On November 17th Joe Weiss, a well-known member of the Industrial Control System (ICS) community, posted on his blog about a recent US water system hack.
Joe points out that the disclosure concerning the Nov 8th supervisory control and data acquisition (SCADA) hack was made by Illinois Statewide Terrorism and Intelligence Center on Nov 10th.
Joe's post stated that the SCADA software vendor was compromised and that customer usernames and passwords were stolen as well as possible physical damage to the utility. He further states that the IP address of the attacker traced back to Russia, which does not provide any attribution but is nevertheless interesting.
Information is still coming out on this event and the DHS has stated that they and FBI are still gathering information but believe none of the information so far indicates a risk to critical infrastructure. However, the concerns this incident raises are valid regardless.
Speaking from a security standpoint, Joe states that a number of actions should be taken including better information sharing with industry, control system cyber security training and policies, and control system forensics.
Joe is probably one of the most experienced and outspoken individuals in cyber security for control systems. When such an expert raises concerns about their own industry it is important to attempt to understand the reason for their concern. I would like to expound upon the actions that should be taken as well as provide my personal opinion on what the compromise means for the ICS and cyber community.
The compromise of a US water facility should be concerning for a number of reasons. Firstly, the idea of anyone or any group (nation state or not) breaking into SCADA and control systems in the US highlights a weakness in our nation's infrastructure.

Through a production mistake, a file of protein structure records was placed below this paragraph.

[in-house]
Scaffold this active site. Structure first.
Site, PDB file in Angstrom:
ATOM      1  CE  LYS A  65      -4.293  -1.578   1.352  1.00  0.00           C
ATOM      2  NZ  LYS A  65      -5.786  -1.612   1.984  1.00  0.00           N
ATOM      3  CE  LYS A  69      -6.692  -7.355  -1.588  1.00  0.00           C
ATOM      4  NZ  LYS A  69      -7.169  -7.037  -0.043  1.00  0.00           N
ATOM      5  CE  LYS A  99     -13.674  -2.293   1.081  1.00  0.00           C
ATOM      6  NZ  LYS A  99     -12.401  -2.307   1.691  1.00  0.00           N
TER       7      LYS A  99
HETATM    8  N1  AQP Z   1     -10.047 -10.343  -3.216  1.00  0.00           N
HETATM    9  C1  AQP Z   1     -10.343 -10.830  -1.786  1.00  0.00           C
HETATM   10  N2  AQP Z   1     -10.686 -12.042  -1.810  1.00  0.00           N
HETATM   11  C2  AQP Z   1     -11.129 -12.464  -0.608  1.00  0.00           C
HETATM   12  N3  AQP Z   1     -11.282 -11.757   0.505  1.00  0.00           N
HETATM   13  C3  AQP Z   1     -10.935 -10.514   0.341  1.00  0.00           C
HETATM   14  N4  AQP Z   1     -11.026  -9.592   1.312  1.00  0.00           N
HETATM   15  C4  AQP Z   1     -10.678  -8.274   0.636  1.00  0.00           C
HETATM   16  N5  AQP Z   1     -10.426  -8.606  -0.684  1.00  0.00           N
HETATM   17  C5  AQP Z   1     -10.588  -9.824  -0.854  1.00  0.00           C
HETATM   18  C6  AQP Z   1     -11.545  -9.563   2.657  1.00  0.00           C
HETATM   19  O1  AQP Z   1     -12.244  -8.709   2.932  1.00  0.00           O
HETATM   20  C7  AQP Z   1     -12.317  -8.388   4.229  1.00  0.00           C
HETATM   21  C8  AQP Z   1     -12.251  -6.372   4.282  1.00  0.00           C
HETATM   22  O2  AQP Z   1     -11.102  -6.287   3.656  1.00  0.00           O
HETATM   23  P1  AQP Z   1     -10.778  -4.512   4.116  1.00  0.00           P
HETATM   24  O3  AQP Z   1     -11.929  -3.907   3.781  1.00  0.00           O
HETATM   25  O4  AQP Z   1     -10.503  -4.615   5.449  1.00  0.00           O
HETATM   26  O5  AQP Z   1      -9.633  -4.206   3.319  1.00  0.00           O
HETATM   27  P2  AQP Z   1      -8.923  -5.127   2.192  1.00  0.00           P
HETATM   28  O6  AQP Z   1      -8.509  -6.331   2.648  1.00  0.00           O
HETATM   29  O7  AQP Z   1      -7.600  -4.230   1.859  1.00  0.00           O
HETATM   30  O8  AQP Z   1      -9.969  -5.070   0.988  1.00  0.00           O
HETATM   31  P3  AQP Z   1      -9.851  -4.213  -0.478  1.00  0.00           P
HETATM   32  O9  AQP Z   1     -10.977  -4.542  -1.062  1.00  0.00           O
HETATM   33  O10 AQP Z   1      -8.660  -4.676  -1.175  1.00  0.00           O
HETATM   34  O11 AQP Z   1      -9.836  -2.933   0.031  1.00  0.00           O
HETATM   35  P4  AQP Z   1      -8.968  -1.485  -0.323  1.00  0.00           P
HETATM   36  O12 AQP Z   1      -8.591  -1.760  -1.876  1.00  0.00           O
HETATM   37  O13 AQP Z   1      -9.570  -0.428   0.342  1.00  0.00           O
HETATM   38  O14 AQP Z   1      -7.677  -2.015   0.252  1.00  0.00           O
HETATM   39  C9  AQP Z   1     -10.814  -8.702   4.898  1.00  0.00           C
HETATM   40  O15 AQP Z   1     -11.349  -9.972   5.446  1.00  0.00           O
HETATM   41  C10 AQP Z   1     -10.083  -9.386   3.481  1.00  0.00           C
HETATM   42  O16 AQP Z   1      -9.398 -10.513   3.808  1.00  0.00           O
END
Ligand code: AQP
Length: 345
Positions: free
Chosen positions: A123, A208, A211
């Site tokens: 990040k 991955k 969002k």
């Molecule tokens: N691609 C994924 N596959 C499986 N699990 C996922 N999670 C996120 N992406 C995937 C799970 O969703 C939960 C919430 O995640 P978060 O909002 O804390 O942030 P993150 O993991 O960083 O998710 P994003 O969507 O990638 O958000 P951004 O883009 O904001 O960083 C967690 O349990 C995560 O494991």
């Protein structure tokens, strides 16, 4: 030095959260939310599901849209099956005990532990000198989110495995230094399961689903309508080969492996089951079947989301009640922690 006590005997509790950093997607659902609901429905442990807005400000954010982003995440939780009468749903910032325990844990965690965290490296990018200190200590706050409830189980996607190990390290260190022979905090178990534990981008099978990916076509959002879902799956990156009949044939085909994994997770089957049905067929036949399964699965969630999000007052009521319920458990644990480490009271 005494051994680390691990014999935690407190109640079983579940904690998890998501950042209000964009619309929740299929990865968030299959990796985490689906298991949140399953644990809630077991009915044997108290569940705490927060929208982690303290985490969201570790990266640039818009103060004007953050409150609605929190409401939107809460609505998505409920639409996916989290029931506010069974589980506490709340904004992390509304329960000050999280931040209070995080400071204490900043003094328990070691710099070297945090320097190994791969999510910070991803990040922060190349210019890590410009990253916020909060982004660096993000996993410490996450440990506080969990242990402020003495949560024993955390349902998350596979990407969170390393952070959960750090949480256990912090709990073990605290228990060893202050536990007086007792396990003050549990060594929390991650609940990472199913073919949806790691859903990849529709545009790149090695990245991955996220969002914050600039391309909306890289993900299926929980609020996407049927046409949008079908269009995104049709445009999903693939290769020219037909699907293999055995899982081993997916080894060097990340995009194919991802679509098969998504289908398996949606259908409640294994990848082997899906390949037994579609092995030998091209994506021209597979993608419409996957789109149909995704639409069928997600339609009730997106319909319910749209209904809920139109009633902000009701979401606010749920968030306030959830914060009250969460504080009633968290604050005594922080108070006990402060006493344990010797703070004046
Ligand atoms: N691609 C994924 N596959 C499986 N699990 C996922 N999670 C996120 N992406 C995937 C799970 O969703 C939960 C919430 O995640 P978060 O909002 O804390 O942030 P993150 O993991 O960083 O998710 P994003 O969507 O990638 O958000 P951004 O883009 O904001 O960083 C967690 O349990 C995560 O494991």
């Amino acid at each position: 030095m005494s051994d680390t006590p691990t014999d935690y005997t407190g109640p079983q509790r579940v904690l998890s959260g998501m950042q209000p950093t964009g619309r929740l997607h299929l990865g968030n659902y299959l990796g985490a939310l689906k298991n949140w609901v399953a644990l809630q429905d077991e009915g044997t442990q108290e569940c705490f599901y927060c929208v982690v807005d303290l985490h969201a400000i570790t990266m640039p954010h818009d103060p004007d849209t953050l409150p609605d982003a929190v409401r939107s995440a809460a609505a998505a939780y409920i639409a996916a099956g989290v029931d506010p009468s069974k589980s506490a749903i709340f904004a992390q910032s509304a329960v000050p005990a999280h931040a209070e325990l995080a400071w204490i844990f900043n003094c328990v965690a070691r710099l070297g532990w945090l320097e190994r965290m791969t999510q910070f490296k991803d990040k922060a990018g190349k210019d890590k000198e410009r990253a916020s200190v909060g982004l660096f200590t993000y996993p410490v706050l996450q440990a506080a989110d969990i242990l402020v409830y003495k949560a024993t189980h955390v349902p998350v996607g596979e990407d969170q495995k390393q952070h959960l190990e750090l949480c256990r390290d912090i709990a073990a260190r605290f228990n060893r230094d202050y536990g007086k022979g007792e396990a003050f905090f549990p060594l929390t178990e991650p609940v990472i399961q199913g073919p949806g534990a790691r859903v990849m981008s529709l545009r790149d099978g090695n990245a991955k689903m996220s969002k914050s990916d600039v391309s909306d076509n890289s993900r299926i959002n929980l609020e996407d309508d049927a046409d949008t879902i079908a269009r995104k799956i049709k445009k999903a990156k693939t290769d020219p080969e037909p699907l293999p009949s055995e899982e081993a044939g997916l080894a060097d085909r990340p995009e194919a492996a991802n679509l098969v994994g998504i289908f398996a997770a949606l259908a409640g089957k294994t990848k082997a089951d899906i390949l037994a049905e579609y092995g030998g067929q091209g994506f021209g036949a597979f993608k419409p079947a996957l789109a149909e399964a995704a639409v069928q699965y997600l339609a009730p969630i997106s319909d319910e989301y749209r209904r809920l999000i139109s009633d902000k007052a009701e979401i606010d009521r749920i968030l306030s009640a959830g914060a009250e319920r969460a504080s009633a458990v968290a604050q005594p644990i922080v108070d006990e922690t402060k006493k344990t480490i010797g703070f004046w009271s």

What is hard to discern though is how many attacks are prevented on a daily basis by the men and women taking up the very difficult challenge of cyber defense. Regardless though, this is a fight that must continue to get support and attention in the cyber community.
Secondly, a water facility has a direct impact over the health of the citizens that it provides. A compromise of such a facility, depending on the scale of the compromise, could reasonably lead to the loss of life. This is to say that the concern for security of the ICS and SCADA community is not and cannot simply be financial.
Lastly, at the 11th ACS Control Systems and Cyber Security conference and this year's Hacker Halted conference I spoke of the intelligence gathering benefits for a hacker to go after the "low hanging fruit" by targeting smaller and lightly protected ICS/SCADA systems.
This enables the hacker to gain information such as usernames, passwords, design documents, and network layout information to leverage an attack against larger facilities.
The reported attack against this water SCADA system, although it is in no way possible to determine at this time, could be this style of attack. This is important to think about in regards to what future attacks may hold, what the motives for the attacks are, and what attacks may currently be going unnoticed.